On September 10, Miami University announced that all students needed to get a COVID-19 test before moving into university dorms and on-campus apartments.
Test results would be provided to the students within 24 hours, according to a news release on the MU website.
It's the latest major update to a university testing program revised on August 29 following a surge in students who tested positive for COVID-19.
"Miami University has taken a different and more comprehensive approach to COVID-19 testing," wrote MU spokeswoman Carole Johnson in her email response to the I-Team's questions.
The university also regularly requires students who live off-campus to get tested, according to Johnson.
"We are reporting those numbers publicly on our website," Johnson wrote in her email to the I-Team. "That is why our numbers appear to be higher than other universities."
Data published September 17 on MU's website shows that 1,361 students have tested positive for COVID-19 since August 17.
"We have painted a clear picture of the impact COVID-19 has had on our community because of our extensive testing," wrote Johnson.
About 20,000 students are enrolled for classes on MU's Oxford campus.
On its website MU does not reveal the total number of COVID-19 tests taken by its students and employees.
Ohio State and the University of Kentucky have also conducted extensive testing.
OSU reported on September 17 that it has conducted 73,865 COVID-19 tests with 2,587 positive results.
UK reported it had a total of 30,539 COVID-19 tests with 1,205 positive results, according to a September 17 update published on UK's website.
UK's testing program relies heavily on data that was shared with Dr. Birx on September 14 during a series of private round-table discussions with public health experts from the university and the region.
"I saw this incredibly sophisticated system where they grade each of the contacts for severity to determine which ones have to go into quarantine," Dr. Birx told reporters after the private meetings.
UK required COVID-19 tests for every student enrolled for classes on the Lexington campus.
Those test results indicated members of UK's sororities and fraternities have a higher rate of positive tests, so UK tested the students in those organizations again, according to Lance Poston, a co-leader of COVID-19 response efforts by UK's Health Corps.
The amount of COVID-19 test data universities share on their public websites also differs significantly.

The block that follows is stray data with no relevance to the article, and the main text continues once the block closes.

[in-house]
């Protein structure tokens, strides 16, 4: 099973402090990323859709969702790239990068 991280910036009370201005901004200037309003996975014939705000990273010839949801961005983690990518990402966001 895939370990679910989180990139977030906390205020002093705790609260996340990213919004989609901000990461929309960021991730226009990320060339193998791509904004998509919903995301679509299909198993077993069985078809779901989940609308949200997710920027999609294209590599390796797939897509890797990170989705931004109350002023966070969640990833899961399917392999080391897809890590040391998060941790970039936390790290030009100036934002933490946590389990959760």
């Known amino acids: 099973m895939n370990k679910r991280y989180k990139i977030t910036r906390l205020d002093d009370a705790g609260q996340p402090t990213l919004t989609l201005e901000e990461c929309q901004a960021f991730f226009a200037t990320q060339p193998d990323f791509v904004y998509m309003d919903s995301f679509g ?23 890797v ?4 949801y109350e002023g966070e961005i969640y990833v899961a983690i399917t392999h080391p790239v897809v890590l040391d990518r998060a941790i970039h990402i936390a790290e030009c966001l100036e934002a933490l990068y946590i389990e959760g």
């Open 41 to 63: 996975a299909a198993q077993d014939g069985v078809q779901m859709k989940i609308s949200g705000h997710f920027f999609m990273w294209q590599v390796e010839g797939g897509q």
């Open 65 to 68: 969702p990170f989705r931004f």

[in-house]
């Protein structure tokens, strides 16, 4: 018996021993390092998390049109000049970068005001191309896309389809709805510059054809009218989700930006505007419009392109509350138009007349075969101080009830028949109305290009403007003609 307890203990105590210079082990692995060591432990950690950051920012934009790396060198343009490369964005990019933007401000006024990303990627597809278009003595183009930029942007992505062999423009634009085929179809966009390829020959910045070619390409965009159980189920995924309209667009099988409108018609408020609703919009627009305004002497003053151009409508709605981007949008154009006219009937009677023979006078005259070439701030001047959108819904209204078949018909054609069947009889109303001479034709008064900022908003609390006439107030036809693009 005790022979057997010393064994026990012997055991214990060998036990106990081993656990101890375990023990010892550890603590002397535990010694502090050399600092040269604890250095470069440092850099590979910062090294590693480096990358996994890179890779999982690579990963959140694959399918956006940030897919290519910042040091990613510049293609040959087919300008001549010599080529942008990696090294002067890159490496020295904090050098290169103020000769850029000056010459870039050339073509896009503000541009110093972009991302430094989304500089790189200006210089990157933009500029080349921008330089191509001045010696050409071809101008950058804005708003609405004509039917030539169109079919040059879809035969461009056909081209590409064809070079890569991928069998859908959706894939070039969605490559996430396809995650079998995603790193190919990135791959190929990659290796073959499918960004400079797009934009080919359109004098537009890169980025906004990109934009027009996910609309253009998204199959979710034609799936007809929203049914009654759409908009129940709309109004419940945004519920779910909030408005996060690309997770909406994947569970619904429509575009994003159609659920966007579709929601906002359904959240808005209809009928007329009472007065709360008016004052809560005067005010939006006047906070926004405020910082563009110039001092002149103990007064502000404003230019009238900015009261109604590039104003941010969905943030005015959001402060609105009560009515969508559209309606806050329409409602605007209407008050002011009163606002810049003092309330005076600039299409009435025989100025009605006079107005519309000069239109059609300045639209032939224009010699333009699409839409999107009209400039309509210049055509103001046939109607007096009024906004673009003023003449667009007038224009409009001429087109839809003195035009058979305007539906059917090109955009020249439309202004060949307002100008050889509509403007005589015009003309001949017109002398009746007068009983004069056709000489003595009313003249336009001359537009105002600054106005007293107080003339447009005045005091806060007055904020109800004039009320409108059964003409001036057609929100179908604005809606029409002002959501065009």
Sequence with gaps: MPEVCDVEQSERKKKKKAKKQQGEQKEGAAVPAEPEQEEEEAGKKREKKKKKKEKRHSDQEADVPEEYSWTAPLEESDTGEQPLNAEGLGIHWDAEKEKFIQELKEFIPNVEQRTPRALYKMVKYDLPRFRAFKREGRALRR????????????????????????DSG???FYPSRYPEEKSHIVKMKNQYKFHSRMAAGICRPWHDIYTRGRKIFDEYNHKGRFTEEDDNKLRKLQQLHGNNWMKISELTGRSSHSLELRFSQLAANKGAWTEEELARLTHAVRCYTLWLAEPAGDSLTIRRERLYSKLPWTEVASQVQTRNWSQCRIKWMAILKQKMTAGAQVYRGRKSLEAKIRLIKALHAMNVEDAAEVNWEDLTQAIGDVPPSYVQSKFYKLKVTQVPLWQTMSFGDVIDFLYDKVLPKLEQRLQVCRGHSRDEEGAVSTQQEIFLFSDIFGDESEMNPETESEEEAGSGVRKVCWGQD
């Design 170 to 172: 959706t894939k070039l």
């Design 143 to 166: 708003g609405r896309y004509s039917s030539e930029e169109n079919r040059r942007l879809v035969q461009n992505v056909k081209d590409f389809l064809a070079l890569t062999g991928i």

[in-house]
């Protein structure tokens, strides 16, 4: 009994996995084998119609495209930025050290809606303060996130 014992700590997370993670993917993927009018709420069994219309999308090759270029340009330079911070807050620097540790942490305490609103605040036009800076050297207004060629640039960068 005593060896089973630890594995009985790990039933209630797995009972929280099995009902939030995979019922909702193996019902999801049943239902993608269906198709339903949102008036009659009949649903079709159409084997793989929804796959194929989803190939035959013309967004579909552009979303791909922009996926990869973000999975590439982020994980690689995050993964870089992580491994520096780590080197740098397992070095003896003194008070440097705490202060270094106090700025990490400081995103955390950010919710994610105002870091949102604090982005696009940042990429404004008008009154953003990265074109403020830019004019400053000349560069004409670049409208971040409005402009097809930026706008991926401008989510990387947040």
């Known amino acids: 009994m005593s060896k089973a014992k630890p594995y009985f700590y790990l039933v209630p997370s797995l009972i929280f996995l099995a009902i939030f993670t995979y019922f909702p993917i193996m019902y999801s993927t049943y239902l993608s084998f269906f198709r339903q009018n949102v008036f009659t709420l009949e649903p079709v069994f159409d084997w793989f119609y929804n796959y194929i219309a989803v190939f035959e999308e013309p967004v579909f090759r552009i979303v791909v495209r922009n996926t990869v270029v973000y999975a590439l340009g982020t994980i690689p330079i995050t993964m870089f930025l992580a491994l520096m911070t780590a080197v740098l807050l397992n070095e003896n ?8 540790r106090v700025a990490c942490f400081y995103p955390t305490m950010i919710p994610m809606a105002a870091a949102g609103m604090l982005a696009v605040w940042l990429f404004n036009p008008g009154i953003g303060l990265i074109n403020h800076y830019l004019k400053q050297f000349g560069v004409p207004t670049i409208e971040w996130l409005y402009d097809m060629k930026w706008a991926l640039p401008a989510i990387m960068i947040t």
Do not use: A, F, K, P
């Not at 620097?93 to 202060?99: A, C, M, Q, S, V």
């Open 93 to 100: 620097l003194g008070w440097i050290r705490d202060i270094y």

Indiana University doesn't provide COVID-19 testing result data on its website.
The University of Dayton website has updated data on total cases, positive tests, new cases, seven-day moving averages and the rate of positive cases.
Xavier provides updated data for total daily positive active cases for employees and students isolated on and off campus.
Ohio University provides updated data on total COVID-19 cases, total positive tests and the number of students currently quarantined and isolated.
NKU provides one small graph on its primary COVID-19 web page that shows the university's seven-day rolling total for new COVID-19 cases.
On September 19, NKU reported it had 9 new COVID-19 cases during the previous seven days.
NKU's Valerie Hardcastle said the university presented its data that way because "the numbers are relatively low."
Last week, Miami University released another round of COVID-19 test results for students.
The university tested 2,276 students prior to their move into campus housing.
Twenty-one of them tested positive.
Resources for COVID-19 positive students
Each of the 9 universities addresses in detail how and where students will be isolated following a positive test.
Xavier students who live on campus are asked to move from their housing assignment to the quarantine facility as soon as possible, preferably within 30 minutes.
UK transfers COVID-19 positive students by "sterile taxi" to their "dedicated isolation hall," according to UK's Lance Poston.
Poston said UK has teams that focus on helping students with COVID-19 get what they need, whether it's food delivered to their housing unit, better WiFi or health-related issues.
"We're following the best advice of our experts here," Poston said.
Based on the data provided by the nine universities the I-Team reviewed, there are currently at least 1,500 students in quarantine and isolation as a result of either testing positive for COVID-19 or being exposed to someone who tested positive.
Miami University reported on September 17 that 831 students – 61% of those who tested positive – are assumed to have "recovered."
The remaining 528 positive cases are still "active."
The 9 universities documented thousands of COVID-19 cases, but they have not reported a single death.
But the biggest challenge may be coming soon.
CDC Director Robert Redfield predicted last month that COVID-19 will make this fall "the worst ever for public health."